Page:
Logo Mojo

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A logo is only as good as the messaging behind it.

Since the 1980s, Nike has been building their brand, always including the Nike "swoosh" as their "face", and now both their name and the symbol are associated with athletic achievement. Nike only paid $35 for this logo. As a matter of fact, no one on the marketing team was particularly happy with the logo. So why'd they use it? They understood the symbol is not the important part of the brand. It was the constant motivational messaging over time, "Just do it" that made the symbol mean something.

Another of the world's biggest and most recognized brands is Coca-Cola. They are King when it comes to positive brand association. What's interesting is that their ads don't really focus on the drink itself. Instead, they depict people drinking or reaching for a Coke during life's happiest moments. This builds a positive association between the brand (the logo is just the reminder) and consumers. It links Coca-Cola with positive feelings and persuades people to enjoy the drink.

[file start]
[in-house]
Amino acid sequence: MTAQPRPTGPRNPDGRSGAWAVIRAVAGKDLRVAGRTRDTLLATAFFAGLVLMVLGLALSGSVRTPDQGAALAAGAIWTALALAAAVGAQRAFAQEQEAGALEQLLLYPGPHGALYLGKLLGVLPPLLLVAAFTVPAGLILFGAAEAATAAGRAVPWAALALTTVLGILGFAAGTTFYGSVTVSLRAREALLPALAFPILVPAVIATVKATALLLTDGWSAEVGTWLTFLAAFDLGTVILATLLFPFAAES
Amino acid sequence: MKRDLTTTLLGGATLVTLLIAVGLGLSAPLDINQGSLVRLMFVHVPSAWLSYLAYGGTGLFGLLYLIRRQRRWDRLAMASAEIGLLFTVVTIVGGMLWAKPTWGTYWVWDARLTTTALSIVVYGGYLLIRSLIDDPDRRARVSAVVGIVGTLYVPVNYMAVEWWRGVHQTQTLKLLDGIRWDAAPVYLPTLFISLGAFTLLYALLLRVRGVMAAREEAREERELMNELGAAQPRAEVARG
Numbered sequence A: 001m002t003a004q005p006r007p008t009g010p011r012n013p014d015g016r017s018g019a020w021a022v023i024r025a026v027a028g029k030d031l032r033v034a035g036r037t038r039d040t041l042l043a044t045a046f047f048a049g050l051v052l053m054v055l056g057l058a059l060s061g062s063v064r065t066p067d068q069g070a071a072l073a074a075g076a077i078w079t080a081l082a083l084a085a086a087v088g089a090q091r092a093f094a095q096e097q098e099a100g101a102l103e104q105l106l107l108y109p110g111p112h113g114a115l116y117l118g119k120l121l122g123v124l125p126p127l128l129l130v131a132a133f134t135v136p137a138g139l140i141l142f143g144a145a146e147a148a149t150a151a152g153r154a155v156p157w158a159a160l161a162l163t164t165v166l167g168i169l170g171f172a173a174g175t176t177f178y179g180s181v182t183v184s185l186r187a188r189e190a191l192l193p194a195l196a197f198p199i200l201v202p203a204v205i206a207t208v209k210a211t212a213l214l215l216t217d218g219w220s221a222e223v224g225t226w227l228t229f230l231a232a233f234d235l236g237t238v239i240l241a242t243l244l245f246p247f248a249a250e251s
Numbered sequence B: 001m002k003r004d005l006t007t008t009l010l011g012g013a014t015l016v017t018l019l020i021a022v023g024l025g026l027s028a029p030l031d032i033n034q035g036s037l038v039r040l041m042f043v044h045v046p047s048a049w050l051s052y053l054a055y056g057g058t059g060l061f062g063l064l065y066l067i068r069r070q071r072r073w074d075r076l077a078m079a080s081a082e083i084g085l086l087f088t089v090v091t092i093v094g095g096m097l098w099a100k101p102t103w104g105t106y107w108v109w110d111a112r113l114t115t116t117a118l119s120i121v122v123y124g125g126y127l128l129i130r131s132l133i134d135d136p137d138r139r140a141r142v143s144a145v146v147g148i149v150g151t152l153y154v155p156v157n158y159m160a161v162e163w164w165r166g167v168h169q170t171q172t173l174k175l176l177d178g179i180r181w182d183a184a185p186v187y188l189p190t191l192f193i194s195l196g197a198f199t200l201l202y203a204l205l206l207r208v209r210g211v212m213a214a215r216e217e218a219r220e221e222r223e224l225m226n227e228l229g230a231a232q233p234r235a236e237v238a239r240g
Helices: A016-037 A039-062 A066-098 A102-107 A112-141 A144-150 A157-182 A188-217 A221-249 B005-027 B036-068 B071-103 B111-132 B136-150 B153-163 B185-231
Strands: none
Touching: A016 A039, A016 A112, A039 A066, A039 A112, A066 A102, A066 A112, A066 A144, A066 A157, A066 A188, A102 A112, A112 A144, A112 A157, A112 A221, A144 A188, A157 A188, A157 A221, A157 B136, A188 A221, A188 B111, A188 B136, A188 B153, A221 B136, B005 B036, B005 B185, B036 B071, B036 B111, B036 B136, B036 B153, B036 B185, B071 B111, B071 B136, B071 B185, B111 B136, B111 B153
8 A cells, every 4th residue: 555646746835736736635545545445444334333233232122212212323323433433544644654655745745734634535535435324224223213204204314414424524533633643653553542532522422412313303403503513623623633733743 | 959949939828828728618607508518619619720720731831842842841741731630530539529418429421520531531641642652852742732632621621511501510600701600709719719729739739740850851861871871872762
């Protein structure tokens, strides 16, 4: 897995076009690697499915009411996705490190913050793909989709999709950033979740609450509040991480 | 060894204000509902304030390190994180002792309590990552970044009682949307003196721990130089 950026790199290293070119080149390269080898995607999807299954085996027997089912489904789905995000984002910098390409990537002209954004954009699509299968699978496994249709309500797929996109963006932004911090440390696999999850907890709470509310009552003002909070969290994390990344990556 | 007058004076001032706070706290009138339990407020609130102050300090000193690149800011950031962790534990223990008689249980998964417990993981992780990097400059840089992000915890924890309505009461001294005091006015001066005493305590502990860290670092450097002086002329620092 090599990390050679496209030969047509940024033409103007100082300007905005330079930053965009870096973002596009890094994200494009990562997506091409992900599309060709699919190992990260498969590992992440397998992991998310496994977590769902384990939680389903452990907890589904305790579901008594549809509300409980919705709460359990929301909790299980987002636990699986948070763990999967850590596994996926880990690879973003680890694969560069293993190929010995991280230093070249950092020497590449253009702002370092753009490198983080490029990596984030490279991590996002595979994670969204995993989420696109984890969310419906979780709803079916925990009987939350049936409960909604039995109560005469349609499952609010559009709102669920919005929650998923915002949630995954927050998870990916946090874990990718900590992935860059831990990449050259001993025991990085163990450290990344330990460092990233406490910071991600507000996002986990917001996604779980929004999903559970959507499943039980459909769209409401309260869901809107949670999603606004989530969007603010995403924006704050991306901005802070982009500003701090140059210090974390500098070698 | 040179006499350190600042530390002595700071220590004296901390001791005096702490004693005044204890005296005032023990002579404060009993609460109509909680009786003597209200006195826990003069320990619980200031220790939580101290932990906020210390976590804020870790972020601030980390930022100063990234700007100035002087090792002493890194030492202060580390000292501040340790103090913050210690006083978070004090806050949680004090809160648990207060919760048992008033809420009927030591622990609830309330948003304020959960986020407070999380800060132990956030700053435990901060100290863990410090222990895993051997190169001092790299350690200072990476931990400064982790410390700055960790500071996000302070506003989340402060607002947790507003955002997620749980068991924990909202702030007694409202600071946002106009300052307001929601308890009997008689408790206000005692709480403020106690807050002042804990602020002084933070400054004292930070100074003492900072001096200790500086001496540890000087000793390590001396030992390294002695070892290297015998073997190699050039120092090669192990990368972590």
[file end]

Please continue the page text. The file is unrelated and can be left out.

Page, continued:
So to recap...
A logo without branding means very little. It needs to be tied to an emotional mental image that helps you make a human connection. A logo is merely the identifier that triggers the memory of what the brand is really about and encompasses the promise, experience and feelings you have about that company.

Is your logo reminding customers of something?

Morty Silber, CEO

Mad Strategies Inc.
a Wizard of Ads Partner